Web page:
Venugopal Bhat, NASA - My NASA Data Lesson Plans
Activity takes two 50-minute class periods. Computer access is necessary.Learn more about Teaching Climate Literacy and Energy Awareness»
See how this Activity supports the Next Generation Science Standards»
Middle School: 1 Performance Expectation, 4 Disciplinary Core Ideas, 6 Cross Cutting Concepts, 12 Science and Engineering Practices
High School: 2 Performance Expectations, 5 Disciplinary Core Ideas, 8 Cross Cutting Concepts, 10 Science and Engineering Practices
Best suited for upper middle school and lower high school students.
About Teaching Climate Literacy
Other materials addressing 3a
Other materials addressing 7e
Excellence in Environmental Education Guidelines
Other materials addressing:
A) Organisms, populations, and communities.
Other materials addressing:
C) Systems and connections.
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Teaching Tips | Science | Pedagogy |
- Students may need help navigating the access site. Providing students with some screenshots of the steps in the procedure section may be helpful.
- Younger students may need better scaffolding to guide them in analyzing data.
- Activity could be extended to look at other species.
- Be aware that the video from WWF might be biased - possibly discuss the advocacy standpoint behind the video with the students.
About the Science
- Students develop an understanding of the impacts of climate change on wildlife.
- Students use real NASA and USGS data.
- Comment from scientist: The statement about sea ice breaking off and moving towards warmer waters is not accurate for the Arctic – it may be accurate for the Antarctic.
- Comment from scientist: All materials on this site imply that climate change is the only factor potentially responsible for the decline of the species. The major threats are: climate change, over-harvest, pollution, oil development, and tourism (not listed in order of priority).
About the Pedagogy
- Students work directly with data, making graphs and drawing conclusions.
- The activity has students developing understanding of the global through the local.
- The activity does not address the role of humans in climate change as stated in the learning outcome. This piece could be added by educator.
- This resource engages students in using scientific data.
See other data-rich activities
Next Generation Science Standards See how this Activity supports:
Performance Expectations: 1
MS-LS2-4: Construct an argument supported by empirical evidence that changes to physical or biological components of an ecosystem affect populations.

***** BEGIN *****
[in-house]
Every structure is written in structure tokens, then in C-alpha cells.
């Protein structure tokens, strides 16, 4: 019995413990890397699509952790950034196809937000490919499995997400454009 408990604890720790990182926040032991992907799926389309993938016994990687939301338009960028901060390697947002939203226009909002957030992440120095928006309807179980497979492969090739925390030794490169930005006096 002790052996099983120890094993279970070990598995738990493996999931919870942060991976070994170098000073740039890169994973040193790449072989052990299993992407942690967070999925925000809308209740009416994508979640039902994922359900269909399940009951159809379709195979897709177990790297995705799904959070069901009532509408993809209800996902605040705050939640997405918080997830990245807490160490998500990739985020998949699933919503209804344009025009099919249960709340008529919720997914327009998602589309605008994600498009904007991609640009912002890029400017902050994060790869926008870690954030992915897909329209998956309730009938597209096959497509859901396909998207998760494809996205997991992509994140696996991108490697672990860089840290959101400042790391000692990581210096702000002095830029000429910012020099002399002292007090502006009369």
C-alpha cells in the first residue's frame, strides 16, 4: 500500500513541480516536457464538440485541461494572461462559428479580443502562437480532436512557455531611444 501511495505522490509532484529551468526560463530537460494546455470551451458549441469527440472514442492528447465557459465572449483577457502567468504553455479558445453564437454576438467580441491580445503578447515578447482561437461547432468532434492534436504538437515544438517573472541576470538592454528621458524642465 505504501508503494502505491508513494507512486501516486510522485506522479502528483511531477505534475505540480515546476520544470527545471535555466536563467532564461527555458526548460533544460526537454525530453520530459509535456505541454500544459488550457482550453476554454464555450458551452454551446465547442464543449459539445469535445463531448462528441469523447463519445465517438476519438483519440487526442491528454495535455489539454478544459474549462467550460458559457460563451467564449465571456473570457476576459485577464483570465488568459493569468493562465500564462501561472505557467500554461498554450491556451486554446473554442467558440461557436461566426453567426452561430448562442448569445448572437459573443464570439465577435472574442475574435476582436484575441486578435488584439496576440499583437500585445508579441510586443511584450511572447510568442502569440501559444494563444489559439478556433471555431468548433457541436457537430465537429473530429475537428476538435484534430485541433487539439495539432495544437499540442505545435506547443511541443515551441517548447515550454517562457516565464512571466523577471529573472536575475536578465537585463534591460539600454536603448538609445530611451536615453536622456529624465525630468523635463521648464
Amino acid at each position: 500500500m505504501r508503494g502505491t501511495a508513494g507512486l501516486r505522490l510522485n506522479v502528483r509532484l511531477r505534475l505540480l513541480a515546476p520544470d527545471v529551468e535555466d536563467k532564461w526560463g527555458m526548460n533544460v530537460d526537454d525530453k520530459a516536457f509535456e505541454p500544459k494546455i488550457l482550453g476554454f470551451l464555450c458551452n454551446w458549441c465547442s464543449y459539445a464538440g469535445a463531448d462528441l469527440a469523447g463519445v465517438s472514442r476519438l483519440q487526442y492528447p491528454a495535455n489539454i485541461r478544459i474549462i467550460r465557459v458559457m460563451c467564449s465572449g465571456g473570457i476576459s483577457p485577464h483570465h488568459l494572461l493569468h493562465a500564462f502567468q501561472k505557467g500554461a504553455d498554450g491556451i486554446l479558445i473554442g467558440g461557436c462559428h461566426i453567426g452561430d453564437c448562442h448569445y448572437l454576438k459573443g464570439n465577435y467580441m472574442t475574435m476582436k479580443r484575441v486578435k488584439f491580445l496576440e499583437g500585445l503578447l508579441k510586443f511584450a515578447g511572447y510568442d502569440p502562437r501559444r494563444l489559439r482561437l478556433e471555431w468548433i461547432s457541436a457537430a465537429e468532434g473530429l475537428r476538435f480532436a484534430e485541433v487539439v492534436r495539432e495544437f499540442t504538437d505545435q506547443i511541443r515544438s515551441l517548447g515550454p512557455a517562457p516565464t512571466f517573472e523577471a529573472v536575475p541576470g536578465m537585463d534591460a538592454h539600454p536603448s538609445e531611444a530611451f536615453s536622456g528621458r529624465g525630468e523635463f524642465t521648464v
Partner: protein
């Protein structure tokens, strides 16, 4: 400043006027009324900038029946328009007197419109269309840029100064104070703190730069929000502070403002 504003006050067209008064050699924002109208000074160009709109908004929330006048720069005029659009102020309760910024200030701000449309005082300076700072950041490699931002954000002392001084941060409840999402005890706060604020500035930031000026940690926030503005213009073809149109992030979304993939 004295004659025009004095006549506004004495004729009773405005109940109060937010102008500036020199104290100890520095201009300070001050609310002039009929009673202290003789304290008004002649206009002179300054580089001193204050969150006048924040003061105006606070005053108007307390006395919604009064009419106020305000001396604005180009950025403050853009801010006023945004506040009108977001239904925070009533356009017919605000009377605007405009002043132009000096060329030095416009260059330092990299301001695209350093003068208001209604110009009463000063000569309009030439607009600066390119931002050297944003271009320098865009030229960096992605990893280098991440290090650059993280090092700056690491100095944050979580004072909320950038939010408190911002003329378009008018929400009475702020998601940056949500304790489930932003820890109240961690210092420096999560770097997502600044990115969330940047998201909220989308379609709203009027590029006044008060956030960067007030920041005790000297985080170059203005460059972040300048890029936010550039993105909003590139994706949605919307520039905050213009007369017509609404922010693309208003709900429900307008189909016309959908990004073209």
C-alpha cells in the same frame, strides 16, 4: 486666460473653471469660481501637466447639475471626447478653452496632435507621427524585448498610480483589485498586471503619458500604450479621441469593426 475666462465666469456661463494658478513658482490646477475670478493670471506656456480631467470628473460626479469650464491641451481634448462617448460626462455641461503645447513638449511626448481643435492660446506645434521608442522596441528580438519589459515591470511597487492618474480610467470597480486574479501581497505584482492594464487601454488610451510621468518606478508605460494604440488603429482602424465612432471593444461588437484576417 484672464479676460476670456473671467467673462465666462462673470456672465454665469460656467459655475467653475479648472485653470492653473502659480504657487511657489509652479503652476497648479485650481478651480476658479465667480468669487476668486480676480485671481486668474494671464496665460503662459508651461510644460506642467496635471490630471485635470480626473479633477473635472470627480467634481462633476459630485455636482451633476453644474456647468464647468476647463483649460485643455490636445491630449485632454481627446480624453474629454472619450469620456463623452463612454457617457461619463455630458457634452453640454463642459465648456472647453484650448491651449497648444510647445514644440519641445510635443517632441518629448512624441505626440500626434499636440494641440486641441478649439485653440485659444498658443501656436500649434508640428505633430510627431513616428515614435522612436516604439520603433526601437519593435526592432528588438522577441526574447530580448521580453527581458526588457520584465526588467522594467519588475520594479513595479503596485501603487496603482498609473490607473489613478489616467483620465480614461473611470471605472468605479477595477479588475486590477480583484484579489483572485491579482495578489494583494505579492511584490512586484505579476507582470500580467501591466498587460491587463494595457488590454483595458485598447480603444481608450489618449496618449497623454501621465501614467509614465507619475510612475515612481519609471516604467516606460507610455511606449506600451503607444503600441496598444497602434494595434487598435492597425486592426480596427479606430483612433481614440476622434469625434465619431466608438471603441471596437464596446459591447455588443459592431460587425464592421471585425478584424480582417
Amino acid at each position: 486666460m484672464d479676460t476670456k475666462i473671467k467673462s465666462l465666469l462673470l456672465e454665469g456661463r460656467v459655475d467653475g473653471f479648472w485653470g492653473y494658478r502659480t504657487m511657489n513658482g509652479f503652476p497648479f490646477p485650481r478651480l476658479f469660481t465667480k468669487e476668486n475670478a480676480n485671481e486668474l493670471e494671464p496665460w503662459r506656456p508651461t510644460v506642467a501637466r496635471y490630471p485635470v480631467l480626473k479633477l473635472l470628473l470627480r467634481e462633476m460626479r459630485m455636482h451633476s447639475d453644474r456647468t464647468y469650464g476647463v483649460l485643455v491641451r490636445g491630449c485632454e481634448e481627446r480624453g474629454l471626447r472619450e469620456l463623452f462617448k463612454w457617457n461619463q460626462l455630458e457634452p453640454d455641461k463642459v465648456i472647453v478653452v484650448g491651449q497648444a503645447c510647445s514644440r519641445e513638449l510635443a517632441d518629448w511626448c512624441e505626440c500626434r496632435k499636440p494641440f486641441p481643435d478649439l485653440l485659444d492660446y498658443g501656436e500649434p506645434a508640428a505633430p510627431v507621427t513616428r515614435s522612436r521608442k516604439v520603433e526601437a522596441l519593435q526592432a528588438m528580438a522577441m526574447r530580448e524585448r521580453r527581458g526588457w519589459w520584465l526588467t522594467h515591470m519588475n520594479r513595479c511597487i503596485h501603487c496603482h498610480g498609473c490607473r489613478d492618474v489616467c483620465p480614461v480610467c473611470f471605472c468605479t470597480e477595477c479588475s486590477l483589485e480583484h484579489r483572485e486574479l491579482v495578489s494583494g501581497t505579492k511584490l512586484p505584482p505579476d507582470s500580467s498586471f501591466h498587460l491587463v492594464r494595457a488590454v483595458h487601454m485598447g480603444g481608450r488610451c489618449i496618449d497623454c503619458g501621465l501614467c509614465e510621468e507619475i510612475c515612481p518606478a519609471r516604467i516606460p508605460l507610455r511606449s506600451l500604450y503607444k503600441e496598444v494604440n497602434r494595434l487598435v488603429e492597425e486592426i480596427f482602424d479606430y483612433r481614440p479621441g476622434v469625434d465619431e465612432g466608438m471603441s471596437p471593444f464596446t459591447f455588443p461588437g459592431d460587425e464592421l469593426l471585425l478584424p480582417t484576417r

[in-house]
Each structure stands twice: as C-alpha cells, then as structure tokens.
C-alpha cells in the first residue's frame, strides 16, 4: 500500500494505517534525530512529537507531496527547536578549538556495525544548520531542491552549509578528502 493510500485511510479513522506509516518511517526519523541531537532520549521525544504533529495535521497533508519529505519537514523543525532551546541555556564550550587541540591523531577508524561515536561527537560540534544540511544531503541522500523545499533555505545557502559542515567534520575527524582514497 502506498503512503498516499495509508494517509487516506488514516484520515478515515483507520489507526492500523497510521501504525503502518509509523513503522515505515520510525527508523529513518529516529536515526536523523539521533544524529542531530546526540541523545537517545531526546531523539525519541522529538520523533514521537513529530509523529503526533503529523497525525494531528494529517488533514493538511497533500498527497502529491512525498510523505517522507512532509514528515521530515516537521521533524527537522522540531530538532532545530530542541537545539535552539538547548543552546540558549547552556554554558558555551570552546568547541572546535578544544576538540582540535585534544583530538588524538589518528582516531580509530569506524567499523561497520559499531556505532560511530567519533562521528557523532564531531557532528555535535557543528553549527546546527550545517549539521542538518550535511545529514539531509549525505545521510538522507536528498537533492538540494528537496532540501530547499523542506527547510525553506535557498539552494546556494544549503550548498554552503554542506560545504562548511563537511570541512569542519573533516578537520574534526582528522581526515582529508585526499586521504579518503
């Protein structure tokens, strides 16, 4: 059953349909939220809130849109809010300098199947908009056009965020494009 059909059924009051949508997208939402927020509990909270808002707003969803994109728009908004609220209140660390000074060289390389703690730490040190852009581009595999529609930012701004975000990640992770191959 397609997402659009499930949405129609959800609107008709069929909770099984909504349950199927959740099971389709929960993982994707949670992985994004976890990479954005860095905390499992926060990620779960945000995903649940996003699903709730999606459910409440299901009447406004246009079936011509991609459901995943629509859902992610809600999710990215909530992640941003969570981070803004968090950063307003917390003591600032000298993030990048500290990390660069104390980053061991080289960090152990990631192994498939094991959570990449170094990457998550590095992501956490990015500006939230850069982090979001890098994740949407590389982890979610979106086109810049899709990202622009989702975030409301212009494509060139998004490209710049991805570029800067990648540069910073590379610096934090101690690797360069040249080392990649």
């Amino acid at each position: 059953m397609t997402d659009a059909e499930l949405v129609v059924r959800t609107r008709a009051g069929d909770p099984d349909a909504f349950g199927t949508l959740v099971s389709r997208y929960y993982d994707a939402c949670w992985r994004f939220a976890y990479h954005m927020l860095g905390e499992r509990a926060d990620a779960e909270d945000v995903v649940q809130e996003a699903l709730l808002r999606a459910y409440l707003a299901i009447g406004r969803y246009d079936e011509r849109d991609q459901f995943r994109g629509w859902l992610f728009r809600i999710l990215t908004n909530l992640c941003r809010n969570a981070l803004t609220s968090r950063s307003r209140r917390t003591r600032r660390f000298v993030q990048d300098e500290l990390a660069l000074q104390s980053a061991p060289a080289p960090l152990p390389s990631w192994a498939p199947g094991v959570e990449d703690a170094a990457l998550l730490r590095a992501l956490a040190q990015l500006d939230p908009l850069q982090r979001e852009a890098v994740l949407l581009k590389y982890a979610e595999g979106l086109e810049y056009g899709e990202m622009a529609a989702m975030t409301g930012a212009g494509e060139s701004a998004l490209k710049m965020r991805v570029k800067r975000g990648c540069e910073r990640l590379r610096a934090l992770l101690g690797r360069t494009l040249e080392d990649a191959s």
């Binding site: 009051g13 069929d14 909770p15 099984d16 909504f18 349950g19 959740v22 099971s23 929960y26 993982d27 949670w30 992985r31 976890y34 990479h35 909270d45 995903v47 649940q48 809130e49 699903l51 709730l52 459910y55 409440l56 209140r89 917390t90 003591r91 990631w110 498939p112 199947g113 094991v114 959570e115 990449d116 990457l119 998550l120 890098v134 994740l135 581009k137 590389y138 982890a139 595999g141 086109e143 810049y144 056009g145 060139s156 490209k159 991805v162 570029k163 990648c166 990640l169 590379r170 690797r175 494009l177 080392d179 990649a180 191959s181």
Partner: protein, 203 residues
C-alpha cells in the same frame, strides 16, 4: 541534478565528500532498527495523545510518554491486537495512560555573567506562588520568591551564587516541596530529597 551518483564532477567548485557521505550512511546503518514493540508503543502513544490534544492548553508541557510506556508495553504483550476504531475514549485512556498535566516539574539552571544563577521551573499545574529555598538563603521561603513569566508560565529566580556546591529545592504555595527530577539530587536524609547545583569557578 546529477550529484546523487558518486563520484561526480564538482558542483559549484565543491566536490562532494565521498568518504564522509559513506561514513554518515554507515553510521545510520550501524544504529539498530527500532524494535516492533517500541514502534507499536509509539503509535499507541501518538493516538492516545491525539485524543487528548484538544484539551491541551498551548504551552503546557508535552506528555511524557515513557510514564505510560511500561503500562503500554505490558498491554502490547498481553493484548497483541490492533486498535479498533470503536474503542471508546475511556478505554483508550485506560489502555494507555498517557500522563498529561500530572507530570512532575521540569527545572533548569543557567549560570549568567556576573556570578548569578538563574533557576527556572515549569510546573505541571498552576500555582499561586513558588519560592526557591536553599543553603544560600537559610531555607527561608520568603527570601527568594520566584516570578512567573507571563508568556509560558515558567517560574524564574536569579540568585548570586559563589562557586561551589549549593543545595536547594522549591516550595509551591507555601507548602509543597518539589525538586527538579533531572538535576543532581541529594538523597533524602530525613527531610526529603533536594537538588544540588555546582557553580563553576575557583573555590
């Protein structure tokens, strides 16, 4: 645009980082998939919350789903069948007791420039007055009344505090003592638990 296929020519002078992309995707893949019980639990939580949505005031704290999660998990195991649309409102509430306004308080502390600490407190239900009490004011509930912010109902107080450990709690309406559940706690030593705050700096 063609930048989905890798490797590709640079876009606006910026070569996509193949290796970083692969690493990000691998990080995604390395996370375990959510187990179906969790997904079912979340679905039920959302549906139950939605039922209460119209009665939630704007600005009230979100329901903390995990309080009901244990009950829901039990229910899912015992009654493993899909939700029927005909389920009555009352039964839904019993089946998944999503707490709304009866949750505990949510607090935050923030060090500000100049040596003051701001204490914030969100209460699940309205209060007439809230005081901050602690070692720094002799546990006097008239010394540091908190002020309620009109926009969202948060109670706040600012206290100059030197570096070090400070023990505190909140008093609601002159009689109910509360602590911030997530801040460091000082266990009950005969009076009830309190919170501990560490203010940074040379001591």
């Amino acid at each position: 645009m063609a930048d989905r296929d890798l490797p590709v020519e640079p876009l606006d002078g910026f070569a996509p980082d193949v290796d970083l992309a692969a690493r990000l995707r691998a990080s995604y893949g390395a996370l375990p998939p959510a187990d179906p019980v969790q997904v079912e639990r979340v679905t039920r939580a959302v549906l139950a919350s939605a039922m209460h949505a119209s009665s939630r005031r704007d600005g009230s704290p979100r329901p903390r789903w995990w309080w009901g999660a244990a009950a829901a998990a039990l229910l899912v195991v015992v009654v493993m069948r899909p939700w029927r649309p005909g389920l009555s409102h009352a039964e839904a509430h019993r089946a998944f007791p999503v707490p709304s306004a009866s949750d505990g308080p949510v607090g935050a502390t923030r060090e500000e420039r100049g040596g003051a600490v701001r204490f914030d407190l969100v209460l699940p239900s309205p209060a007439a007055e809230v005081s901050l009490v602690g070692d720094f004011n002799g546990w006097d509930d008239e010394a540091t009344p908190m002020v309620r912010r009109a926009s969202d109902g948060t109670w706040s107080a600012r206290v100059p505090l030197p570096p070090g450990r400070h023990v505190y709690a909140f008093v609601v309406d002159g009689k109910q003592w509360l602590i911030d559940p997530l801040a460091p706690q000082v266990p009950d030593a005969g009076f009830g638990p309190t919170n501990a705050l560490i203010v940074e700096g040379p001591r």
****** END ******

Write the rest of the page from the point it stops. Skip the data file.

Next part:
Disciplinary Core Ideas: 4
MS-ESS2.D1:Weather and climate are influenced by interactions involving sunlight, the ocean, the atmosphere, ice, landforms, and living things. These interactions vary with latitude, altitude, and local and regional geography, all of which can affect oceanic and atmospheric flow patterns.
MS-ESS2.D3:The ocean exerts a major influence on weather and climate by absorbing energy from the sun, releasing it over time, and globally redistributing it through ocean currents.
MS-LS2.A:Interdependent Relationships in Ecosystems
MS-LS2.C:Ecosystem Dynamics, Functioning, and Resilience
Cross Cutting Concepts: 6
MS-C1.2: Patterns in rates of change and other numerical relationships can provide information about natural and human designed systems
MS-C1.3: Patterns can be used to identify cause and effect relationships.
MS-C1.4:Graphs, charts, and images can be used to identify patterns in data.
MS-C2.2:Cause and effect relationships may be used to predict phenomena in natural or designed systems.
MS-C5.4:The transfer of energy can be tracked as energy flows through a designed or natural system.
MS-C7:Stability and Change
Science and Engineering Practices: 12
MS-P3.2:Conduct an investigation and/or evaluate and/or revise the experimental design to produce data to serve as the basis for evidence that meet the goals of the investigation
MS-P4.1:Construct, analyze, and/or interpret graphical displays of data and/or large data sets to identify linear and nonlinear relationships.
MS-P4.2:Use graphical displays (e.g., maps, charts, graphs, and/or tables) of large data sets to identify temporal and spatial relationships.
MS-P4.4:Analyze and interpret data to provide evidence for phenomena.
MS-P4.7:Analyze and interpret data to determine similarities and differences in findings.
MS-P5.1: Use digital tools (e.g., computers) to analyze very large data sets for patterns and trends.
MS-P6.1:Construct an explanation that includes qualitative or quantitative relationships between variables that predict(s) and/or describe(s) phenomena.
MS-P6.2:Construct an explanation using models or representations.